The phone has been met with a constant barrage of criticism on Reddit’s r/linux and r/Purism forums. I have been battling daily with people online who seem to be determined to discredit and cast doubt about Purism and the Librem 5 at every turn. Nonetheless, the critics might have a valid point when they question whether a cellular modem designed for the Internet of Things will have the energy efficiency and good enough reception to work in a mobile phone. My feeling is that we will never get to a better world, unless a plucky few are willing to suffer through the risks and tribulations of being early adopters. I don’t expect the Librem 5 to be fully functional on arrival, and it wouldn’t surprise me if it takes several years and several iterations before Purism’s phone becomes an adequate replacement for a standard Android or iOS phone. I will need a decent phone and camera while I go through through the tribulations and excitement of being an early adopter.

Since I’m back in Bolivia, I can’t just order something off eBay and expect it to arrive within a couple days. The shipping will take 2-4 weeks if I don’t want to pay a fortune for it, and Bolivian customs will likely seize it, so it will take another 1-2 weeks and many hours of bureaucratic hassle to get it out of customs. I can buy a used phone in Bolivia, but I want one that is compatible with LineageOS. I will probably need to replace the battery if I buy a used phone, and the only way to get most phone batteries in Bolivia is to order them from China and wait 3-4 weeks for them to arrive.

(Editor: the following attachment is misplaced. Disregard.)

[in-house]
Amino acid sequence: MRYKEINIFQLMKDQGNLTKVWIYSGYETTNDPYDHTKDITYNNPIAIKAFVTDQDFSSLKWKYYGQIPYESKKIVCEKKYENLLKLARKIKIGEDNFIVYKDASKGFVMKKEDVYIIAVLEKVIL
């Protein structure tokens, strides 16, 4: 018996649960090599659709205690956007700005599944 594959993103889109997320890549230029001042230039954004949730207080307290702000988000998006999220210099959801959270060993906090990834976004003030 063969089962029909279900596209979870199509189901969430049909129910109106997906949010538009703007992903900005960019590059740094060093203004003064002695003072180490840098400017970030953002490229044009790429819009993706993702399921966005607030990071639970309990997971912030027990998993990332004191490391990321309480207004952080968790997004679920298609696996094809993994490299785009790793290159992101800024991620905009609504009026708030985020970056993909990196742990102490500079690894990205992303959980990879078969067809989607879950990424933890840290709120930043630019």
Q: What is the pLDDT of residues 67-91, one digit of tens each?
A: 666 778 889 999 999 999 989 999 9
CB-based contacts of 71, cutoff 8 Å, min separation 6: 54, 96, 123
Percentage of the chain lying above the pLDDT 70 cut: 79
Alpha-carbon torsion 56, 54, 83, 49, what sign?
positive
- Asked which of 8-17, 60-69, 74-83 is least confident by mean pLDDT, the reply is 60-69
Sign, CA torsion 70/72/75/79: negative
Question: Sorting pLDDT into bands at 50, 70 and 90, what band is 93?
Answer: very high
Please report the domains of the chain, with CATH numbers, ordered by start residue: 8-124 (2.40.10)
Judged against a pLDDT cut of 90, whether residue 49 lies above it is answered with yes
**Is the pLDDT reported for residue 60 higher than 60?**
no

Since my camera was stolen several years ago, I have been relying on my phone when I need to take pictures, and the camera in the Librem 5 is probably not going to be very good. It will have a 13MP back camera and 8MP selfie camera, but its processor has no DSP or ISP to process the camera’s output and the Librem 5 won’t have any proprietary software and AI to pretty up the image like most of today’s cameras, so I’m expecting very basic functionality.

I could buy a cheap point-and-shoot camera, but since I need a phone anyway, I decided that I should buy a phone with a decent camera. The cameras in today’s phones are so much better at taking low-light shots than the cameras in used phones which are several years old.

In the end, I decided to violate all my environmental principles and buy a new phone. I walked around looking at the different models on sale. Shopping in Bolivia is a real hassle because you have to ask the price of everything, and the sellers are often very ignorant about what they are selling. I often know more about the hardware in phones than they do. When I ask what kind of cores are in a processor, they generally have no idea. When I ask what kind of focusing tech and image stabilization is in the phone’s camera, they give me a blank look. If is usually a waste of my time to ask the sellers for more technical details, because they often don’t understand what I’m asking, and I can look it up online faster than they can.

The only practical benefit to wandering through the electronics market is the ability to pick up a phone and see how it feels in the hand. If I ask if I can trying using a phone to check the camera or listen to the audio quality before buying it, they make me feel like I’m obligated to buy the phone, if they have to pull the sticker off the screen so I can test it. If they have the phone in a sealed box, they are very reluctant to break the seal. Since they are small sellers, every phone that they put on display needs to be sold. After you ask a seller to pull a phone out of the glass display and pull off the sticker so you can test it, that creates the expectation that you will buy it, which annoys me greatly.